to decrease when operated at higher operating frequencies,
however a distinct peak in oscillation amplitude was observed
at approximately 4.5 Hz (figure 5).
At the peak frequency the oscillation amplitude of
approximately 35 mm is equivalent to that obtained when the
device is operating at 1 Hz. This phenomenon relates to the
resonance effect that occurs when the system is operated at its
natural frequency. Previous studies of tri-layer PPy bending
actuators of similar length gave a resonance peak at 42 Hz [24].
The natural frequency of the NEMO (polymer actuators + fin)
is expressed as:

3E I

n =  33 
(2)
mb + m L3
140

Smart Mater. Struct. 18 (2009) 095009

S McGovern et al

Figure 6. A NEMO powered robotic fish being tested.

(a)

(b)

Figure 7. Typical bending of the tri-layer actuators that occurs in (a)


normal bending conditions under low load, and (b) under high loads
at large tip displacements.

few minutes of operation to ensure that degradation in actuator


performance due to leaching did not affect the results. The fish
was sufficiently buoyant that the dorsal fin extended above the
water surface. The entire NEMO fin was submerged.
The aim of the fish tests was to determine the operating
frequency that generates maximum forward speed. It was
found that operation at low frequencies (0.2 Hz or less)
caused the actuator movement on the NEMO to become
disabled. That is, the actuators bent in one direction but
were unable to bend back in the other direction. A similar
phenomenon was encountered by Alici et al [7] where a
curling of the actuators was seen to occur under heavy load.
When the tri-layer actuator movement was hindered by a load,
yet the voltage was still applied, the continued expansion of
the polymer initiated a bending about the longitudinal axis
(figure 7(b)). This curling had the effect of changing the
flat plate design of the tri-layer actuator to be more tubular,
significantly increasing the rigidity of the structure. The
increased rigidity meant that the actuator could not bend back
in the other direction when the voltage was reversed until
the film had uncurled. The onset of these curling processes
significantly reduced the frequency of the tail fin oscillation.
The actuator curling was seen to occur with oscillation
frequencies 0.2 Hz, and as such, an oscillation frequency
of 0.3 Hz was set as the minimum frequency for operation of
the fish device. Under such conditions the problem of curling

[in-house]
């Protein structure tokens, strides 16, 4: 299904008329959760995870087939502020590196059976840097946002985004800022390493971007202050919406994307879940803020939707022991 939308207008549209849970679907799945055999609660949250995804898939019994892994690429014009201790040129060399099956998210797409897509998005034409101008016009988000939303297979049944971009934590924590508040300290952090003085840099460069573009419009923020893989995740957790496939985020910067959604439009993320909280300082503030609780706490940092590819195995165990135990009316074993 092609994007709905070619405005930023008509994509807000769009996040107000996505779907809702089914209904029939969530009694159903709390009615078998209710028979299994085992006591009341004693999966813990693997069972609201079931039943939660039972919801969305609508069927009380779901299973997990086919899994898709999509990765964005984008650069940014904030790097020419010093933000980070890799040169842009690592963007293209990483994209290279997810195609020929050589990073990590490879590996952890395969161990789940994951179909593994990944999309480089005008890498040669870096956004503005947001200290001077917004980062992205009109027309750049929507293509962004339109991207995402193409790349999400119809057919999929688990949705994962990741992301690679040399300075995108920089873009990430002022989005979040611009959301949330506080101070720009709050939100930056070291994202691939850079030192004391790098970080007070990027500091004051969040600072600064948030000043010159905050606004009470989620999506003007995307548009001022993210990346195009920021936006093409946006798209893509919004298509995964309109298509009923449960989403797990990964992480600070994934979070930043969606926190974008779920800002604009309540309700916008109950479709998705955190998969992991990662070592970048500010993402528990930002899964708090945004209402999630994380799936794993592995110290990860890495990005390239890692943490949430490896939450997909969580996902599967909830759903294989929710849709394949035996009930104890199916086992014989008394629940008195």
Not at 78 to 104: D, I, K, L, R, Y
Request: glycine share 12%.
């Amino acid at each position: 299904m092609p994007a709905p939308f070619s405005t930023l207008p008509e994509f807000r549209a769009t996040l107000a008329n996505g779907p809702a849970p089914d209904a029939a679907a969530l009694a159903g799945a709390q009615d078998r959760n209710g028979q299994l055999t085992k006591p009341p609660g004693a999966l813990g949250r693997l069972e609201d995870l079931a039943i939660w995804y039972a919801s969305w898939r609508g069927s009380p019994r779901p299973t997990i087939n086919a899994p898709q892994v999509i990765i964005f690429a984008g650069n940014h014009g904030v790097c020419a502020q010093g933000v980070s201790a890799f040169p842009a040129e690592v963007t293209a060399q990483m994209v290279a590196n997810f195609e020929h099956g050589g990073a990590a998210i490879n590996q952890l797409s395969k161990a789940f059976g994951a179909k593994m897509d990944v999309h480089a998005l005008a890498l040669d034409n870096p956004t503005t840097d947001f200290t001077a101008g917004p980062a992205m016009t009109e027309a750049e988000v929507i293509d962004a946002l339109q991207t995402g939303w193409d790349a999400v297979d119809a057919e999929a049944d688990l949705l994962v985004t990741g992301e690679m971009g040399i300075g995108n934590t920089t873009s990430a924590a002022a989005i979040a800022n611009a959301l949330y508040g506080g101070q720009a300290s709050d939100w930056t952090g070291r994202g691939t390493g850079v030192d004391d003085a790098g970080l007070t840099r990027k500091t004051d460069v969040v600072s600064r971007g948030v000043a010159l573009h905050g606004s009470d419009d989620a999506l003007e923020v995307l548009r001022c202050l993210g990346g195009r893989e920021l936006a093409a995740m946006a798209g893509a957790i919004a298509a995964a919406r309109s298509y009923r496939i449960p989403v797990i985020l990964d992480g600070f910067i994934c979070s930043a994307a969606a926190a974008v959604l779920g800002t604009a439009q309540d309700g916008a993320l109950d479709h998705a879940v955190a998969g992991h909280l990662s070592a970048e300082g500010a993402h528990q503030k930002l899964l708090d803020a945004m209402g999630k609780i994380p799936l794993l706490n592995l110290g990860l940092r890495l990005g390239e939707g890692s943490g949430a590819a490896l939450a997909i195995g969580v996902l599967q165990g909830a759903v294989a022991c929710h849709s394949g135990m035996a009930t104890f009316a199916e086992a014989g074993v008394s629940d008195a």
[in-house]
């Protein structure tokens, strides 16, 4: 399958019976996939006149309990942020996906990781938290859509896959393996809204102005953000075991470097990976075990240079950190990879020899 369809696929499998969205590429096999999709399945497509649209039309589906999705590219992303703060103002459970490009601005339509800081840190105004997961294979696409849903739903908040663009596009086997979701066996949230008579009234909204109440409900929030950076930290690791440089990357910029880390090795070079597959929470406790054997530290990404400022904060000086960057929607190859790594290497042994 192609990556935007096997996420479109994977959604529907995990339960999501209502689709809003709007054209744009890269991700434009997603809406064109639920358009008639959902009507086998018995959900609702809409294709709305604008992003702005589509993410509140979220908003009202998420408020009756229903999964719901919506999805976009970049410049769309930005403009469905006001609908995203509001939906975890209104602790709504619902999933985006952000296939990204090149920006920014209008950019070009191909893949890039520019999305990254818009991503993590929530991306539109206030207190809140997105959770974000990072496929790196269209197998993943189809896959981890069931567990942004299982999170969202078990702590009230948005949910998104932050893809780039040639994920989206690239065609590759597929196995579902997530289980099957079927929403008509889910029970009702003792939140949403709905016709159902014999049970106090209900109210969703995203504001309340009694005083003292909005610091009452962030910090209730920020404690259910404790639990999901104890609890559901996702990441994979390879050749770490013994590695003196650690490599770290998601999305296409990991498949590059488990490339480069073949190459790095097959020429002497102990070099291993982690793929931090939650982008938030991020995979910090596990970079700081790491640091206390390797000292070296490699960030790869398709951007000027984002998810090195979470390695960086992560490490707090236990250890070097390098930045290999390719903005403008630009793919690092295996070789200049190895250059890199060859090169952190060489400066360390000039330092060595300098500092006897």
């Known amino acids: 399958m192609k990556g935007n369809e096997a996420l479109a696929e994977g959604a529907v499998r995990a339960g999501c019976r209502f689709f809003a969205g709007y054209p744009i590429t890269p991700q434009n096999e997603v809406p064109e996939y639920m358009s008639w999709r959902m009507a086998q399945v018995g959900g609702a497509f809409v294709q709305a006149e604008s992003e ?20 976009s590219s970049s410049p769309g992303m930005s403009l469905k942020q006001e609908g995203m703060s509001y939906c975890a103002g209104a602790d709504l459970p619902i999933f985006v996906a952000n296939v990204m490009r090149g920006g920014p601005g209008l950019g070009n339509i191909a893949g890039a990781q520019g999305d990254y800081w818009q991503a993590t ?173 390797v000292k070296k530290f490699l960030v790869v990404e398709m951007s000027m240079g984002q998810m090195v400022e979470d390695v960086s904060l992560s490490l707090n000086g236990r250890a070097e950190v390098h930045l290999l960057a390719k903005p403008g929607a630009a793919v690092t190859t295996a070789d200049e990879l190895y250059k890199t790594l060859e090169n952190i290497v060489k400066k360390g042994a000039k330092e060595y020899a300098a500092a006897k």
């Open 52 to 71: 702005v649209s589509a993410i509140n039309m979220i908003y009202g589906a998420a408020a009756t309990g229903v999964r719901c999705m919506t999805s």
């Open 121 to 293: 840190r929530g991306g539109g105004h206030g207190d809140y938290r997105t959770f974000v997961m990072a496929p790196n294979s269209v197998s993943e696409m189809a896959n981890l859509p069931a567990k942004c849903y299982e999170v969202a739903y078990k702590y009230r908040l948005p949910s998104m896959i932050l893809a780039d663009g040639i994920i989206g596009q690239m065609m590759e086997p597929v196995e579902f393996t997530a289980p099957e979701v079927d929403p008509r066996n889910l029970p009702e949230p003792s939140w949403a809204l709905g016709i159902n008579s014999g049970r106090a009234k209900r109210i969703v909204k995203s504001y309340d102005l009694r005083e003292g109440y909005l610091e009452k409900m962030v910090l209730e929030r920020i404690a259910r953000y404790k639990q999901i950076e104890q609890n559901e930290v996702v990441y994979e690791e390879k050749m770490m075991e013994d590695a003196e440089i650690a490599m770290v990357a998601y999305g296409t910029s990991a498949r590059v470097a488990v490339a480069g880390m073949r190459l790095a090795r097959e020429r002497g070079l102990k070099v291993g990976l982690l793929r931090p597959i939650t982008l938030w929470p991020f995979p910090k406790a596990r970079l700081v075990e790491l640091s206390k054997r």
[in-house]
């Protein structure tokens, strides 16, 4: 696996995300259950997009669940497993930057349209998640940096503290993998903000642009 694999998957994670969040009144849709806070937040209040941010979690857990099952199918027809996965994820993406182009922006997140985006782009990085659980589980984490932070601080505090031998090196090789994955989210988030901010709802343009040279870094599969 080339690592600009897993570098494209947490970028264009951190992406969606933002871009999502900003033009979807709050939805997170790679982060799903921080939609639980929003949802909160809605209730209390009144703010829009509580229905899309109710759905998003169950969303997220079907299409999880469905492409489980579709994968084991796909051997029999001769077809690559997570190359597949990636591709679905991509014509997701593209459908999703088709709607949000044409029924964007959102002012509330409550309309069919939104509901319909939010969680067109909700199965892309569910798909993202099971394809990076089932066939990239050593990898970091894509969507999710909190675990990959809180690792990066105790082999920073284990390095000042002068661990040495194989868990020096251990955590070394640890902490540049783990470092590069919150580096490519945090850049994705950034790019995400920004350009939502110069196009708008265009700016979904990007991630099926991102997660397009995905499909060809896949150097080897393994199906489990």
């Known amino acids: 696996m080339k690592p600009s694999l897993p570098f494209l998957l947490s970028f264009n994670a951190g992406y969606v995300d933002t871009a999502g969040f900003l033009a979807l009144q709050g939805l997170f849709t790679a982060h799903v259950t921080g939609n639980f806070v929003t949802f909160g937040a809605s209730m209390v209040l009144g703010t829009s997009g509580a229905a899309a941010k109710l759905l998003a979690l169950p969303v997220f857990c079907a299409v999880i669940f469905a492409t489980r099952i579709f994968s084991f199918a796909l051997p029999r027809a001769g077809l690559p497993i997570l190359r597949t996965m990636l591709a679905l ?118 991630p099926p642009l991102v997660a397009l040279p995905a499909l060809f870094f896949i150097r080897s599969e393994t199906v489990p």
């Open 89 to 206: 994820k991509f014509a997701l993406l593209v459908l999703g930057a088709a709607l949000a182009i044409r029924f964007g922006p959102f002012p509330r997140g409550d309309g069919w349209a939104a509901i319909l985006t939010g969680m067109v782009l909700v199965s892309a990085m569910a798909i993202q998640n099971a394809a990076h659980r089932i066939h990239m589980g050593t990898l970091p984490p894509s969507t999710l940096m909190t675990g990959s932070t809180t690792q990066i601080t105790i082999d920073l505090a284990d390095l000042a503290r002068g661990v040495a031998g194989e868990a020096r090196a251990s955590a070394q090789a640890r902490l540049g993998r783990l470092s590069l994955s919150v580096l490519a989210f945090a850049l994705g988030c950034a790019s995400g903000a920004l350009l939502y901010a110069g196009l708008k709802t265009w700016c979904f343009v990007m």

was eliminated, and traditional bending of the actuators was
reinstated (figure 7(a)).
Several different frequency regimes 0.3 Hz were
investigated. Low tail fin frequencies of approximately 0.3
0.4 Hz (enabling large flapping amplitudes) were utilized to
obtain the maximum initial thrust. If once the fish began to
move, the frequency of oscillation was increased to 0.75 Hz
(after 3 or 4 full cycles), the fish was able to obtain a top speed
of approximately 3.3 cm s1 (or 0.25 times its body length per
second) after 30 cm of travel. With this regime, the cruising
speed is higher than all other previously described polymeractuator-propelled fish robots.
Interestingly, the highest cruising speeds were obtained
by operating the NEMO tail fin at frequencies higher than
that which produced the peak flap amplitude, as previously
determined (figure 5). At lower frequencies, when the tail
fin oscillation was highest it was found that the fish nose
turned excessively, thereby limiting the forward speed. The

propulsion produced by the tail fin must overcome the drag


acting on the fish, which can be expressed by:

FD = 12 CD SV 2

(3)

where: FD = drag force, CD = co-efficient of drag, =


density of the fluid, S = frontal surface area of the body and
V = velocity of the body through the fluid. Oscillation of
the tail will cause the fish to accelerate until the point that its
velocity causes the drag force to equal the thrust force. At
this point, the fish will no longer accelerate, but will cruise at
a constant velocity. While the magnitude of the thrust force
will be determined by the amplitude of tail oscillation, so will
the direction of the thrust (figure 8). Large tail fin amplitudes
produced a turning moment on the fish body since the thrust
force contains a larger component in the transverse direction to
travel (x -direction in figure 8). As the fish nose turns (figure 9),
the effective frontal surface area ( S ) exposed to the liquid is
increased, which in turn causes the drag force to increase. As
such, the maximum cruise speed obtainable is not as high for
operation at low fin frequencies as for high fin frequencies
where the nose did not oscillate as much.
3.4. Directional control of the robotic fish
The transverse force described above could be used for
deliberate turning of the fish. In particular, the direction of
travel could be controlled by altering the duty cycle of the
voltage input to the NEMO. With an even oscillation about
the fish neutral axis (50% duty cycle), there is a net forward
travel without turning. By changing the axis of oscillation,
it was found that after each complete oscillation cycle, the
resultant thrust force of the tail fin will contain a net x
component that causes a moment on the fish body enabling
turning (figure 8(C)). Changing the duty cycle of the voltage
supply to the NEMO (giving a longer time at +1 V than at
1 V) produces a greater bending of the tri-layer actuators to
one side, and in turn shifts the axis of oscillation away from the
neutral axis of the fish body.
The true responsiveness with turning of the fish was
difficult to quantify within the small confines of the testing
6